• Don’t expect to be give schema for flat file!!!

  • Changes made to schema of third party DB completely out of our control

    • Ensembl change the name of their main gene database every month!

      • DB schema drastically altered on 3 occasions during BRIDGES project

    • MGI have had one major overhaul of all their table structure

  • In these cases queries to these remote data sources will fail!!!


Schema changes ctd
Schema Changes …ctd information sources

  • We used Materialized Query Tables (MQTs) in IBM II to insulate queries from remote schema changes

    • MQT is local cache of remote table/view and can be set to refresh after a specified time interval or not at all

      • up to the minute data (refreshed frequently) vs slightly older data but impervious to schema changes

    • MQT can be optimized to try the remote connection first, if available run query, if not use local cache

      • Query fails if remote schema changes!!!

  • Bridges_wget application

    • checks for remote DB connections

      • if the connection made – runs sample query naming columns to see if schema has changed

        • If all is well, remote flat files are checked for modification dates

        • If newer ones found they are downloaded, parsed and loaded into the DB

          • Goes some way to keeping the BRIDGES DB up to date with current data

        • Parsers are not semantically intelligent so require updating the code (Java) to meet with file format modifications


Data independence
Data Independence information sources

  • Key issue challenge is fact that data sources largely independent

    • Not always possible to find column to act as foreign key over which joining two (or more) databases can occur

    • When there is a candidate, often the column name is not named descriptively to give clue as to which database might be joined to which

    • For example, in case of Ensembl a row containing a gene identifier contains a Boolean column indicating whether a reference exists in another database

      • RGD_BOOL=1 indicates that a cross reference can be made to the RGD database for this gene identifier

        • Must query Ensembl RGD_XREF table to obtain unique ID for entry in RGD database

        • Query to RGD may contain references to other databases and indeed back to Ensembl

          • …potentially have circular referencing problem!!!

      • Solved by caching all available unique identifiers and their associated database from all remote data sources in local materialized query table

        • When match found, associated data resource queried and all results returned to user

          • Up to user to decide which information to use


Creating federated views
Creating Federated Views information sources

  • In setting up federated view with IBM II various steps needed:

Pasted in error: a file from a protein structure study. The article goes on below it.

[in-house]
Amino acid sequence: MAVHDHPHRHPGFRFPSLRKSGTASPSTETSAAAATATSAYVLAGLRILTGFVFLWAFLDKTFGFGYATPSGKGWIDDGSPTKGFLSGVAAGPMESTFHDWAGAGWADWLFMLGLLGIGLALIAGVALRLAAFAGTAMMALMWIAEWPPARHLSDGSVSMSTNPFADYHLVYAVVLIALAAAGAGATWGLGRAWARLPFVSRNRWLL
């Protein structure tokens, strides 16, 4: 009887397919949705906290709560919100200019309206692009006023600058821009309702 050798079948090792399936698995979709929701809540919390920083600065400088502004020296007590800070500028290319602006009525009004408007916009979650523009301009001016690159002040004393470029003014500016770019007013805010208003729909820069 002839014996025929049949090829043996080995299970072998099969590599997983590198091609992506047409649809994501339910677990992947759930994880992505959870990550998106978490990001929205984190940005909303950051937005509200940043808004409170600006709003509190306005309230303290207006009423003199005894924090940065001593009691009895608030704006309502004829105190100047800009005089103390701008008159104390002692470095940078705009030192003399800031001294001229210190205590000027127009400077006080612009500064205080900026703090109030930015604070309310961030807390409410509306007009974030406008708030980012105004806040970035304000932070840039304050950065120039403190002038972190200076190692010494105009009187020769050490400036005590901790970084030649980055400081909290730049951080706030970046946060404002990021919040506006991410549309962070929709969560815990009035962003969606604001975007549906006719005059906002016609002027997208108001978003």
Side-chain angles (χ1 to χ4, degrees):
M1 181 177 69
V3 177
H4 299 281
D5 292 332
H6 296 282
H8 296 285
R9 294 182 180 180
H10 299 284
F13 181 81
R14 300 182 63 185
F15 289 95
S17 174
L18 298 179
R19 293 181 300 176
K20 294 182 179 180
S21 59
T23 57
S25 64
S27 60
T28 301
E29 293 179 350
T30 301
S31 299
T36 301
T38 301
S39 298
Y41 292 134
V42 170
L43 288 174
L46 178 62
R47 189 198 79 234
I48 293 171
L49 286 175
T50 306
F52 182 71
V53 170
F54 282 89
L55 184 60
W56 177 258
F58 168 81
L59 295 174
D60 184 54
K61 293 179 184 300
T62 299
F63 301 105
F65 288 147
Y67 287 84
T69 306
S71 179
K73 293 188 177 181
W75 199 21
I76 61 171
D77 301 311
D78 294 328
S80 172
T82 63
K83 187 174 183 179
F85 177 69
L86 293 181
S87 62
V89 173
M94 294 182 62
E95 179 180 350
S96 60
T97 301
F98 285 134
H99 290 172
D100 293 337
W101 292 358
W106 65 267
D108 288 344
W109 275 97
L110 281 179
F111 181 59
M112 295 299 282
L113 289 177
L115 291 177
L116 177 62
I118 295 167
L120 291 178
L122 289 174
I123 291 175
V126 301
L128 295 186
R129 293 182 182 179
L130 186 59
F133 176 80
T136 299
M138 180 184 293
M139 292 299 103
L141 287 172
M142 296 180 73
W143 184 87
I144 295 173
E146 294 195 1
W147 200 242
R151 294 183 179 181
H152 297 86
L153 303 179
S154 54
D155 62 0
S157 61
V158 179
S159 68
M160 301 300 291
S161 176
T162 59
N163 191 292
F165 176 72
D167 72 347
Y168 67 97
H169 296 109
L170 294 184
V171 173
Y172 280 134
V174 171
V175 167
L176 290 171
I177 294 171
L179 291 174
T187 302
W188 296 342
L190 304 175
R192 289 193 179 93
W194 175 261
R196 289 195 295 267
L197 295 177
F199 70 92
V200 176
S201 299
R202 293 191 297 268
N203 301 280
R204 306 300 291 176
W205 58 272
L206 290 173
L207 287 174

• choose which wrapper to use;

    • define a ‘Server’ containing all connection parameters;

    • create ‘Nicknames’ for the server

      • local DB2 tables mapped to their remote counterparts;

  • ‘Discover’ function supports this process

    • connects to the remote resource and displays all the metadata available

  • Such advanced features are not available with OGSA-DAI


Performance comparison
Performance Comparison information sources

  • Example of single query response, we ran a search for the PAX7 gene across the BRIDGES federated view of 7 bio databases. This returned

    • One entry from Ensembl Mouse Table (27 columns)

    • One entry from Ensembl Human Table (27 columns)

    • One entry from the HUGO database (20 columns)

    • Eighty five entries from MGI including full abstract and publication details. (11 columns)

    • One full entry from the OMIM database including fully annotated publication details. (19 columns)

    • Two full entries from Swissprot/Uniprot including full sequence and reference data. (50 columns)

  • The average response time for MagnaVista was 44 sec

    • includes time to rebuild the application perspective GUI

  • OGSA-DAI solutions are of this order also


Conclusions
Conclusions information sources

  • Big advantage of using IBM II is all utilities that come with database management system. This includes :

    • replication of databases which can be configured to update from single transaction committed to a set time interval for bulk updates;

    • creation of explain tables which will graphically show the query author the amount of table scans done as the result of the executed query and thereby allow different solutions to be compared;

    • creation of tasks which can be executed immediately or at specified times, e.g. when the database is less used;

    • running statistics and reorganizing tables;

    • taking Snapshots of the database to see where bottlenecks may be occurring.

  • OGSA-DAI as used in BRIDGES has shown we can implement data “access” solutions also

    • Less overheads in learning DB2

  • We note that since our evaluations were made, IBM have prototyped an OGSA-DAI wrapper for Information Integrator.


Conclusions1
Conclusions information sources

  • We focused largely on data access (and not integration)

    • Client apps took care of majority of the data integration issues

  • Tried to explore OGSA-DQP but without immediate success

    • Changes in personnel, keeping IBM II solution alive!

  • Future challenges and recommendations

    • standards/data models crucial to data access and integration

    • often gaining access to the database itself most often not possible

      • JDSS report describes these issues in detail

  • BRIDGES queries fairly simplistic in nature – returning all data sets associated with a named gene

    • GEMEPS project looking towards more complex queries,

      • e.g. lists of genes that have been expressed and their up/down expression values as might arise in microarray experiments

      • Collaboration with Cornell and Riken Institute, Japan

  • BRIDGES to be refined/extended and used within the (not so!) recently funded Scottish Bioinformatics Research Network


Comparison of data access and integration technologies in the life science domain
DEMO information sources